The Desarguesian projective plane is the only known (finite) projective plane with a group of automorphisms that acts transitively on the points of this plane. It has long been conjectured that this property characterises :
Conjecture: A finite projective plane with a point-transitive automorphism group is Desarguesian.
But who made this conjecture? And how “long-standing” is it?
The study of exactly which conditions on the group of a projective plane characterise goes back 60 years or more. In the 1950s, Ostrom investigated projective planes with a doubly transitive automorphism group, and a famous paper of Ostrom & Wagner in 1959 completed the proof that is the only plane with a doubly transitive automorphism group (on points). As far as I can see, while they raise some other questions about translation planes they don’t mention the conjecture at all.
A doubly transitive group of automorphisms of a projective plane is necessarily flag-transitive (that is, transitive on incident point-line pairs) but not conversely, and so the next question tackled was whether this weaker condition also characterises . In 1960, Higman and McLaughlin explicitly asked the question of whether a projective plane with a flag-transitive group must be Desarguesian (although they used the term acutely transitive) and proved a number of consequences of this including the fact that the group acts primitively on both the points and the lines of the projective plane. As far as I can see, they also did not mention anything about the question with only the hypothesis of transitivity.
The first explicit mention that I can find of the conjecture is in Dembowski’s seminal 1968 book “Finite Geometries”. He says “We begin with the case where is transitive on the points (and hence lines) of . It has been conjectured that must then be Desarguesian” with no attribution.
The major theorems classifying the structure of primitive permutation groups emerged from the classification of finite simple groups within the next 15 years. By exploiting the fact that flag-transitivity implies primitivity and grinding through the possible primitive groups Kantor (1985) showed that a flag-transitive projective plane is either Desarguesian or is a cyclic plane of prime order (that is, it has a cyclic group of prime order acting on it). This latter condition is very restrictive and implies various other numerical conditions that were exploited by other researchers to show that any such non-Desarguesian plane must be huge and so we’re unlikely to stumble upon one. Everyone pretty much assumes it can’t exist but we just can’t quite prove it. John’s recent post gives more details on the numerics involved. Kantor seems a little embarrassed at his approach stating “The proof of the Ostrom-Wagner theorem is both elegant and informative. By contrast, our proof … uses a sledgehammer approach” and “The tedious and somewhat ludicrous details are given in …“. But again, as far as I can see, he does not mention or allude to the transitive plane conjecture.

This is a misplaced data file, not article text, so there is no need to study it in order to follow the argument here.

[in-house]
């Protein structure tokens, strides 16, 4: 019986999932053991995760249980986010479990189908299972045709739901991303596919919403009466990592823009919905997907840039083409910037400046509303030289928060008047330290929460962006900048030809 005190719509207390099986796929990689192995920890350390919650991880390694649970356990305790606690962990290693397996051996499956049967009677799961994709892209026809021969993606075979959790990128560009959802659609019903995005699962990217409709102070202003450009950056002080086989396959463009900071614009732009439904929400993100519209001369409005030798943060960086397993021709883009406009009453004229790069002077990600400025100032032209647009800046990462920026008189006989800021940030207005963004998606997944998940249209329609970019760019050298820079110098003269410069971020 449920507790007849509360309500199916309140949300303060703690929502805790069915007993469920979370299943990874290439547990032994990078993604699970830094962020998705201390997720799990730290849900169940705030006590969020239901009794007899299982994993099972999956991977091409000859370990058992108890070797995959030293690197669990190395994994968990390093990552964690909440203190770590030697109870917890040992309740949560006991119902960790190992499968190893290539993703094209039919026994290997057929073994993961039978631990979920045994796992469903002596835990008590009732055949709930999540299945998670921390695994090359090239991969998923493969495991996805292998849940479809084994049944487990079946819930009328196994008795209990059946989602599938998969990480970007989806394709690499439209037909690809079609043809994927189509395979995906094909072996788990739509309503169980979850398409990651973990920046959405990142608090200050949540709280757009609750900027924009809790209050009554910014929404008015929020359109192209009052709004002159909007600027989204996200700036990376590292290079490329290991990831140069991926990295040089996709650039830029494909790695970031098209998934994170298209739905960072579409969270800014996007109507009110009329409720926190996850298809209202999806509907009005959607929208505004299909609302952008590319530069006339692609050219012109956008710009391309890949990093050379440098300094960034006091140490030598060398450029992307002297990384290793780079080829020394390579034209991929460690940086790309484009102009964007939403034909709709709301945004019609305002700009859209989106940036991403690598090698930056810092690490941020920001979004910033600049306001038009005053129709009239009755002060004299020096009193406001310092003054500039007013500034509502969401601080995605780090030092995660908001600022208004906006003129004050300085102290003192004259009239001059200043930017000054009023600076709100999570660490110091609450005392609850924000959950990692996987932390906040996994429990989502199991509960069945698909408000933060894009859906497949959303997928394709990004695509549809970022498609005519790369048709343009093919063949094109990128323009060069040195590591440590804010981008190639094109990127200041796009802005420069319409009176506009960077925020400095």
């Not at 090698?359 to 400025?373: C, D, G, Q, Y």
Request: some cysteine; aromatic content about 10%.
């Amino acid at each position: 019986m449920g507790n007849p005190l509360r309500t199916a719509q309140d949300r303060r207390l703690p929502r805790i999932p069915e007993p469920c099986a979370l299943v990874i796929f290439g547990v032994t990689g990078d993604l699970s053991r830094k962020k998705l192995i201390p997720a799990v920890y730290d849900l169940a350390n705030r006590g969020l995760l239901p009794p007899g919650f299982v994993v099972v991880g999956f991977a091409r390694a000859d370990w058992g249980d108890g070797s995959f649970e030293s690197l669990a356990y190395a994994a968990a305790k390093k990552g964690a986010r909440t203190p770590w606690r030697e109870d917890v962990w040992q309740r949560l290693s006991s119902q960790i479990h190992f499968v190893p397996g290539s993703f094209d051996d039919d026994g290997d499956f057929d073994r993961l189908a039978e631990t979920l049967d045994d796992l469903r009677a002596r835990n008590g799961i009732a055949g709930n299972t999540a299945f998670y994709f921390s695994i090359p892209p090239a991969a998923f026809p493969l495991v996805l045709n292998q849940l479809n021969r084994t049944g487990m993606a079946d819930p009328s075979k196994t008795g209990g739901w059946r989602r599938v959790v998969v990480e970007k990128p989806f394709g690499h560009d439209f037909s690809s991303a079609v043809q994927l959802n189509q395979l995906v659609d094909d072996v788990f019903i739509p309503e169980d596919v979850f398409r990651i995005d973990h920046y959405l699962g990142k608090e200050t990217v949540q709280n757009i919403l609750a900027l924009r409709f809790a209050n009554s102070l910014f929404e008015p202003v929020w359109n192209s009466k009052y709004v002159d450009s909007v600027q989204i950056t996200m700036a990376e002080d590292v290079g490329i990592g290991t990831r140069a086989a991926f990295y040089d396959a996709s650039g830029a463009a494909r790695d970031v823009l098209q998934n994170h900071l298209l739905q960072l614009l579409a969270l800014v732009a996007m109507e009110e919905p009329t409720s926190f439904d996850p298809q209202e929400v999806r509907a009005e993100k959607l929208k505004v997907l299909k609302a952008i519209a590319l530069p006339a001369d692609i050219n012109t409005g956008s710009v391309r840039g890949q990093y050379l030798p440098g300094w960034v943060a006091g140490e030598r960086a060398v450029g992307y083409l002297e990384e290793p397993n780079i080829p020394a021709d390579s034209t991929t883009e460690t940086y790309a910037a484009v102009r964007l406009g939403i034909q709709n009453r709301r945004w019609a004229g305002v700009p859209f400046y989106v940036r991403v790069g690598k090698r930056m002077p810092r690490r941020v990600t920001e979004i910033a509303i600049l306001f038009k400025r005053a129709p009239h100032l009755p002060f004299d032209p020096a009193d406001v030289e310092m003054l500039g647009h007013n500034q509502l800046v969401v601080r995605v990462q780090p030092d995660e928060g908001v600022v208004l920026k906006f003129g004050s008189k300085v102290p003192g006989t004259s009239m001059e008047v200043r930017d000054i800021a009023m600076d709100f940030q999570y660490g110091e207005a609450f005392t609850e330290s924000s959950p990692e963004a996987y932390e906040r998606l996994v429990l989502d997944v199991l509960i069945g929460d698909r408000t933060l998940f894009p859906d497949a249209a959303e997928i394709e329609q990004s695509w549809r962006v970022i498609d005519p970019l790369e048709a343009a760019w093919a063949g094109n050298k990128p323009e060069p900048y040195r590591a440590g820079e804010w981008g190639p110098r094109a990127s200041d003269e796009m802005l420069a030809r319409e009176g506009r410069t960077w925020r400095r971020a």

The most recent work on transitive planes is that of Nick Gill who, in his 2005 thesis, proved some strong results about the possible structure of a group acting transitively on a non-Desarguesian projective plane, though still not strong enough to eliminate the possibility. He is sure of how long the conjecture has been around – “For us a motivating conjecture of some fifty years standing is that all point-transitive planes are Desarguesian” – but also does not attach a name to it!
The last remaining hope is to ask some of the finite geometers / design theorists who were working in the 1950s / 1960s and see if they can remember where they heard it or to whom is was attributed. Obviously these people are somewhat thin on the ground, but Dan Hughes was gracious enough to answer my query, stating
I ‘knew’ this conjecture as early as the early ’50s, since Bruck, my supervisor, mentioned it as one of the interesting open problems. I have since heard it of it so often that, as a conjecture — or even as an open problem — it has probably earned the status of ‘folklore.
So unless anyone else can help, I guess we’ll just have to go back to the original assertion: that it is indeed a ‘”long-standing conjecture”.
One final word of warning from Dan if you are tempted to give the problem itself a go!
Good luck — but I always told my students not to work on that problem!